It is stipulated and we have found that the incompetents were beneficiaries of two express trusts created by George H. Peck, one a very substantial inter vivos trust,1 and the other a testamentary trust. The existence of these express trusts for the benefit of the incompetents must be weighed and considered in deciding whether George H. Peck intended to create a third trust for their benefit, or intended to provide for their comfort, support and maintenance in another manner.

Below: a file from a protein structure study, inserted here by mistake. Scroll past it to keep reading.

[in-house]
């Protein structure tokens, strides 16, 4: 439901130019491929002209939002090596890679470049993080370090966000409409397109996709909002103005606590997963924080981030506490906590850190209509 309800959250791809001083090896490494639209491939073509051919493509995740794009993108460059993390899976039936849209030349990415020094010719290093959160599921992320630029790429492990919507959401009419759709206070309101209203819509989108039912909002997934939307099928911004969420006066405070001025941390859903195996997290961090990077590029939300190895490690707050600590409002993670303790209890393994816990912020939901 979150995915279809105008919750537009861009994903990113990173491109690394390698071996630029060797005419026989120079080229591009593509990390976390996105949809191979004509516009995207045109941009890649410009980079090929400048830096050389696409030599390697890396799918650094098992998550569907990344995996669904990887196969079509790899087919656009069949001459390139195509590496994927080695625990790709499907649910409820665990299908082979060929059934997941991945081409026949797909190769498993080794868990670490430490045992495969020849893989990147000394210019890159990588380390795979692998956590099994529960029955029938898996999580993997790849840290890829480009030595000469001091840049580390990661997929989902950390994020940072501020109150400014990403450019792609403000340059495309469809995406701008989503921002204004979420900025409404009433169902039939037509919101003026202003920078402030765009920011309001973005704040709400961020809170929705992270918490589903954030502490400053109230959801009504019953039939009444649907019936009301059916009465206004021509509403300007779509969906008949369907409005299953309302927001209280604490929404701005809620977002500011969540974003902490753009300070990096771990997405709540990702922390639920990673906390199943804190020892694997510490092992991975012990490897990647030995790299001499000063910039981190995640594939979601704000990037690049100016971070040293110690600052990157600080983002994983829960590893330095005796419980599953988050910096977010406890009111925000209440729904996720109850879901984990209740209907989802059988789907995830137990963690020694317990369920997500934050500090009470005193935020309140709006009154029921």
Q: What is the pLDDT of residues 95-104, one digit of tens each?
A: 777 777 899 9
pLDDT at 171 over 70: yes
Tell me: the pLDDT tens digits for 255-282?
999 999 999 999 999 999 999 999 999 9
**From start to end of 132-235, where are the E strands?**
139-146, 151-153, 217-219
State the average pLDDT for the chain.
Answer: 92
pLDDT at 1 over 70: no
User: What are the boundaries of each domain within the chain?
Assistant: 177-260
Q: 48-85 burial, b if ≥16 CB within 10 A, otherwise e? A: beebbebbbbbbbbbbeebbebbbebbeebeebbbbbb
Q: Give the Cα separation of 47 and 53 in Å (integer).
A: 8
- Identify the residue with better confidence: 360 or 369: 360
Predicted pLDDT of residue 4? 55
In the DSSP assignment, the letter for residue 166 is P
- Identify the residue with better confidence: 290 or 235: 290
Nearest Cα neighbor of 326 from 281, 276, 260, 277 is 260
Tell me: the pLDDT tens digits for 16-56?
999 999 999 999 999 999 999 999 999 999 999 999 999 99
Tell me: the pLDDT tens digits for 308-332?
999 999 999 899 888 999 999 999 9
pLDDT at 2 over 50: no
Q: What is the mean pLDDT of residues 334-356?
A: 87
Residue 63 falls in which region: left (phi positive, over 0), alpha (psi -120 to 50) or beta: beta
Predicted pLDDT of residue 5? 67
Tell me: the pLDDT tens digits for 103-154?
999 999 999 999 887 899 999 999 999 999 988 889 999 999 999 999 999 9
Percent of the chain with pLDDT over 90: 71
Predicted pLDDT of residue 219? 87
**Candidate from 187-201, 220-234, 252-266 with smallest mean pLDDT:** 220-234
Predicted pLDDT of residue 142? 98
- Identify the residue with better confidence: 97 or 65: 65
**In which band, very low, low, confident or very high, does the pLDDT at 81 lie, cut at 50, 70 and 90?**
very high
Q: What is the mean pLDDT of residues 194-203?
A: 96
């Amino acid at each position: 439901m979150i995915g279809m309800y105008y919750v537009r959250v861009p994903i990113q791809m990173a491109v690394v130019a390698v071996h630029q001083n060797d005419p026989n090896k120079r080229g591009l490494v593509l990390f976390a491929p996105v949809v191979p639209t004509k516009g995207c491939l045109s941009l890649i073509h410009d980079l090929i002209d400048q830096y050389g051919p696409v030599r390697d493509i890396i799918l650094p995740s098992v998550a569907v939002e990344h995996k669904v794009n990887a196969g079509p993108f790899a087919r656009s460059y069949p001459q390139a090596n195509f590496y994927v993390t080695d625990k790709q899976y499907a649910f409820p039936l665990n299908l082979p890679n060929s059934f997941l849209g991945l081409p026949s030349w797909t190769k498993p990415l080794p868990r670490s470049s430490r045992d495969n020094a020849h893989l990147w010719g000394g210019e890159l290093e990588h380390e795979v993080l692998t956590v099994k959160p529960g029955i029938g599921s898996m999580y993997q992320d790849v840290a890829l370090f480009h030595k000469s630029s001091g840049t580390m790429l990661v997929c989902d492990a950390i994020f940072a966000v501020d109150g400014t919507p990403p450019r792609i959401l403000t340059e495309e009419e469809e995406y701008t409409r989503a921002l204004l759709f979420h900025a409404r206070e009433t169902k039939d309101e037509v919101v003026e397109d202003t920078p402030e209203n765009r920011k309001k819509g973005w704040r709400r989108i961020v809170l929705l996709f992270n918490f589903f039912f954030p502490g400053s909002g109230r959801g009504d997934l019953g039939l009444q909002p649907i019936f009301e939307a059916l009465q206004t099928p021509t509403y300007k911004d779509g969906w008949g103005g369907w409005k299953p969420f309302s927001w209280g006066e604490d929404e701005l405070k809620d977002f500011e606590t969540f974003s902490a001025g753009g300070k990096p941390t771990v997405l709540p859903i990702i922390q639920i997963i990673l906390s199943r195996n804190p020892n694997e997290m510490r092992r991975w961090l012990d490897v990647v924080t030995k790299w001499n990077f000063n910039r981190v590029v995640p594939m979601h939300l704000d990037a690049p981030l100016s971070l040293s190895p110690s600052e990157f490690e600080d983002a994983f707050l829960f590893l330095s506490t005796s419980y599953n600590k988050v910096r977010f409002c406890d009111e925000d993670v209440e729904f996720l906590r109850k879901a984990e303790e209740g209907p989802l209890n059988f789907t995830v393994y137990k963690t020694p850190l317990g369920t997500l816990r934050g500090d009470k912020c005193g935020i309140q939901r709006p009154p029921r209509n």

In determining whether George H. Peck created a third trust we must ascertain his purpose and intent in executing endorsement D, which is the only written instrument evidencing the trust, if any. Since that instrument is not a formal trust indenture, we must look to the surrounding conditions and the circumstances which motivated him. Our findings set forth in some detail his method of handling the Travelers’ annuity payments, the annuity payments from the other six insurance companies, and excerpts from correspondence relating to the Travelers’ annuity contracts. We have also detailed the treatment of these payments before and after Peck’s stroke, after his death, and after the appointment of guardians for the incompetents.